A primer for our overweight and diabetic patients.
Null thinks that the standard American diet, chock-full of sugary pastries, sodas, and candies, is the key culprit in creating insulin resistance. Hamburgers and french fries, high-fat pastas and casseroles, pizza, and other fast food substantially raise blood fat and glucose levels and offer little metabolic support for controlling insulin levels and increasing insulin sensitivity. The dearth of vegetables, whole fruits, whole grains, legumes, and nuts in the typical diet deprives the body of the nutrients needed to reverse insulin resistance. Reduction in adiponectin and lectin resistance lead to increasing glucose, insulin resistance, and reduction in appetite satiety. Invariably there is resultant weight gain, increasing abdominal girth, blood pressure, and LDL. Metabolic syndrome and prediabetes are now increasingly developing in adolescents who eat a fast-food diet and engage in minimal exercise.
In addition to a radical change in diet, Null argues, nutritional supplementation must be aggressive. His program may be excessive, but each of the nutrients has glucose- and insulin-controlling activities. Null would supplement people with chromium, vitamin C, biotin, vitamin B6, vitamin B12, calcium, magnesium, potassium, manganese, zinc, selenium, quercetin, EFAs, GLA, 1-carnitine, inositol, glutamine, vanadyl sulfate, B complex, garlic, Gymnema sylvestre, ginseng, alpha-lipoic acid, grapeseed extract, NAC, CoQ10, turmeric, maitake, proteolytic enzymes, DHEA, silymarin, cinnamon, and more herbals.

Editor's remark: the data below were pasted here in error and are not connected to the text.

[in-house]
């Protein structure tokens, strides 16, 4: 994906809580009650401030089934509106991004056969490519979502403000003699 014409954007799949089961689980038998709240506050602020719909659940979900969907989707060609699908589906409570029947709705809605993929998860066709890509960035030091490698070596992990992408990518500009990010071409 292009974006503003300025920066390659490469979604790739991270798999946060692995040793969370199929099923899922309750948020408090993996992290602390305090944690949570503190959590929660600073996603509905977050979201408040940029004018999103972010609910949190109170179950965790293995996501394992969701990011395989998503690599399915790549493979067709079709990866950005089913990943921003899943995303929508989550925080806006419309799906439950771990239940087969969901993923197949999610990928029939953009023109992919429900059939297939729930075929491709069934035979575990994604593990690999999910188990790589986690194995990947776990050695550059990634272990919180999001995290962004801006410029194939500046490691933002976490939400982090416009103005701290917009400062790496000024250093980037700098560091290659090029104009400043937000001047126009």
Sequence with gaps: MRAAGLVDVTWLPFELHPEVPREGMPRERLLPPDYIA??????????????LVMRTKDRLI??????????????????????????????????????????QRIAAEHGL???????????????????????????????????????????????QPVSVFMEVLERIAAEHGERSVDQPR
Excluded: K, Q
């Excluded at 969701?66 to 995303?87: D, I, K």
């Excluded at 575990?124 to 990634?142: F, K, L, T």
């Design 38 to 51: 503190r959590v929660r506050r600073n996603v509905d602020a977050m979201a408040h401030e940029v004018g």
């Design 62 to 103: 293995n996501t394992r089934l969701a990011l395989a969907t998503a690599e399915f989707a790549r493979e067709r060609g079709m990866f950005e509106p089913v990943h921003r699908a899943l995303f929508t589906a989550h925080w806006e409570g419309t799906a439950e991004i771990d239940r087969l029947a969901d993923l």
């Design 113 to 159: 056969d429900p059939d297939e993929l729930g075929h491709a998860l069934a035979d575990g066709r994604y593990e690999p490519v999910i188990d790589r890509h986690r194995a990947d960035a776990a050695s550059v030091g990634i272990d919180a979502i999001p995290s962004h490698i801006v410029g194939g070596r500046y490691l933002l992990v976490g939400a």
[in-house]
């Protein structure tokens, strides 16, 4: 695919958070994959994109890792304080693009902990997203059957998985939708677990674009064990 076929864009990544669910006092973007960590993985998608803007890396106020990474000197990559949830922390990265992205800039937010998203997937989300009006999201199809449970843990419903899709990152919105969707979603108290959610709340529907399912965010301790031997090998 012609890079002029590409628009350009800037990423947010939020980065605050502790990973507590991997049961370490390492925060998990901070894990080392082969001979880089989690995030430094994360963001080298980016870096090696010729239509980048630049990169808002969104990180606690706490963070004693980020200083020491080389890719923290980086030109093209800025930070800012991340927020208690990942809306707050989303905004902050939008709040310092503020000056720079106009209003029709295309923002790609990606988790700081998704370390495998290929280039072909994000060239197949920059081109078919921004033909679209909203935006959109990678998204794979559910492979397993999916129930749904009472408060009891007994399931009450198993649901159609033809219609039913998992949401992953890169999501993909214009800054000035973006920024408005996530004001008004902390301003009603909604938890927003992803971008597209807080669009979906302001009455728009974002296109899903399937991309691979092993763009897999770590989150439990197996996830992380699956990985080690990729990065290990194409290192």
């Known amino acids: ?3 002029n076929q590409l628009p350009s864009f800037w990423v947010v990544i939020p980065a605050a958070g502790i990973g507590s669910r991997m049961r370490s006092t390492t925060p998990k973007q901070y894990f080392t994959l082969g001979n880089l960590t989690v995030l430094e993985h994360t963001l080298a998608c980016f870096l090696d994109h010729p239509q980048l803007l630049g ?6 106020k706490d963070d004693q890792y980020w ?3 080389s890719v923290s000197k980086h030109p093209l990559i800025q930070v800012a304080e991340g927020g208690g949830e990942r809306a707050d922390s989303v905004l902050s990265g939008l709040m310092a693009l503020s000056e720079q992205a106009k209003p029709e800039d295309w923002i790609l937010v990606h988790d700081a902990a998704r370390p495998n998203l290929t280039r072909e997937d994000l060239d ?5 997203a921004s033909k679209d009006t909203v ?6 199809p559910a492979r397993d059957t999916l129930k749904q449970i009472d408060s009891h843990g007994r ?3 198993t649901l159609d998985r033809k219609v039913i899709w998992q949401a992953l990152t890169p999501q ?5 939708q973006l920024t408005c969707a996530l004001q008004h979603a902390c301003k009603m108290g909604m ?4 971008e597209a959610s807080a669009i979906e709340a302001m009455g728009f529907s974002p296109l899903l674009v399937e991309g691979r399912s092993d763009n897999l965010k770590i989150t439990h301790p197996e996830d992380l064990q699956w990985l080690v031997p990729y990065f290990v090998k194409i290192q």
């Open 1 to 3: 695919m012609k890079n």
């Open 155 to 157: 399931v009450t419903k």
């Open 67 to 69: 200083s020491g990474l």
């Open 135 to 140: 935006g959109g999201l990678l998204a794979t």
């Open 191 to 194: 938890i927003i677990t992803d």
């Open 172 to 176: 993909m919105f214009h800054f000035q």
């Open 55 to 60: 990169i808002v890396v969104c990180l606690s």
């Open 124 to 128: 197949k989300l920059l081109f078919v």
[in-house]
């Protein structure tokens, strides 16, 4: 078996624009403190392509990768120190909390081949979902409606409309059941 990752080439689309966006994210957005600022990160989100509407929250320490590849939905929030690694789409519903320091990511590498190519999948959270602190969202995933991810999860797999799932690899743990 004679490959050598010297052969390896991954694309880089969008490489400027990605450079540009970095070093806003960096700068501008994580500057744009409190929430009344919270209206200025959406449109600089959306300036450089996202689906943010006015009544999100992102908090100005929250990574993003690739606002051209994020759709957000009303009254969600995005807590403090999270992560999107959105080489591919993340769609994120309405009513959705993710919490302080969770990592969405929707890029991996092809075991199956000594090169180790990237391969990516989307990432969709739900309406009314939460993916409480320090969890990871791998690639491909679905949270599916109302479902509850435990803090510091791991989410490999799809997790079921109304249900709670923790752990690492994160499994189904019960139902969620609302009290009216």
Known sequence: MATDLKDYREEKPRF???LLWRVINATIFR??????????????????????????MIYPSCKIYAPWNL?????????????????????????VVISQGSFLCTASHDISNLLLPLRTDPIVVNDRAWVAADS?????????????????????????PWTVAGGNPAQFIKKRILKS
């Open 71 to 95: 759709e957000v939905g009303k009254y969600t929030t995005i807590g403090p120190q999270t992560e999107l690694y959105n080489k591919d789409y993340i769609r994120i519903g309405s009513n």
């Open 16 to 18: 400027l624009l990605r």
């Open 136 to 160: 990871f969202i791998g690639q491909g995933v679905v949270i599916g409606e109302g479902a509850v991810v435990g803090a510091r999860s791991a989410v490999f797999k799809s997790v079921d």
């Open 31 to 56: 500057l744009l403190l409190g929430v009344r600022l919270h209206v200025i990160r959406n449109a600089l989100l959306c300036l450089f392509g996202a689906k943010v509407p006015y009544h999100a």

Null recommends that, in addition to the dietary and supplement changes, individuals exercise actively. He would like people to do stress reduction either through counseling or by meditation and breathing exercises. Null thinks that teaching individuals in group sessions about diet, supplementation, exercise, and stress reduction offers the strongest means to bringing about lifestyle change. His book reports the gratifying results in many people who engage nutritionally in reversing their metabolic dysfunctioning.
Null's book offers ample referencing; however, to make the book more readable for the public, he does not footnote his references. Still the book is an excellent read if for no other reason than the abundant vegan, gluten-free recipes provided for breakfast, lunch, dinner, and dessert.
review by Jonathan Collin, MD
No More Diabetes, by Gary Null, PhD
[c] 2013; 439 pp.; $24.95
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|Title Annotation:||No More Diabetes|
|Article Type:||Book review|
|Date:||Apr 1, 2014|
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